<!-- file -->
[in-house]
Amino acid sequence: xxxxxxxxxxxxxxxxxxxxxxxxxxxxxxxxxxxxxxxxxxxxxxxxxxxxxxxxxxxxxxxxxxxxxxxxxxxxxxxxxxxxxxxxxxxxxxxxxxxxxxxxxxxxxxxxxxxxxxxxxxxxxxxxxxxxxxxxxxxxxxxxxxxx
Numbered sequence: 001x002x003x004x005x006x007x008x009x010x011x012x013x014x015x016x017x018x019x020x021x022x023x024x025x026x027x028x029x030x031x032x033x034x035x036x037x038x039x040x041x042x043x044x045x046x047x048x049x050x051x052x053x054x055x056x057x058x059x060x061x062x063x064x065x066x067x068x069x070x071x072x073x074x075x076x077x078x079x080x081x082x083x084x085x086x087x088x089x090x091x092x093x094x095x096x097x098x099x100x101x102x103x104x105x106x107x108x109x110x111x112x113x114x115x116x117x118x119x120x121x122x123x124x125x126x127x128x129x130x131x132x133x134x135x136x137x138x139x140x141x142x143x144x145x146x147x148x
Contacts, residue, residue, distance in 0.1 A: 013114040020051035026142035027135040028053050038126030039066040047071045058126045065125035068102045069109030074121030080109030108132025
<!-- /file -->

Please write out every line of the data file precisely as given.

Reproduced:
[in-house]
Amino acid sequence: xxxxxxxxxxxxxxxxxxxxxxxxxxxxxxxxxxxxxxxxxxxxxxxxxxxxxxxxxxxxxxxxxxxxxxxxxxxxxxxxxxxxxxxxxxxxxxxxxxxxxxxxxxxxxxxxxxxxxxxxxxxxxxxxxxxxxxxxxxxxxxxxxxxx
Numbered sequence: 001x002x003x004x005x006x007x008x009x010x011x012x013x014x015x016x017x018x019x020x021x022x023x024x025x026x027x028x029x030x031x032x033x034x035x036x037x038x039x040x041x042x043x044x045x046x047x048x049x050x051x052x053x054x055x056x057x058x059x060x061x062x063x064x065x066x067x068x069x070x071x072x073x074x075x076x077x078x079x080x081x082x083x084x085x086x087x088x089x090x091x092x093x094x095x096x097x098x099x100x101x102x103x104x105x106x107x108x109x110x111x112x113x114x115x116x117x118x119x120x121x122x123x124x125x126x127x128x129x130x131x132x133x134x135x136x137x138x139x140x141x142x143x144x145x146x147x148x
Contacts, residue, residue, distance in 0.1 A: 013114040020051035026142035027135040028053050038126030039066040047071045058126045065125035068102045069109030074121030080109030108132025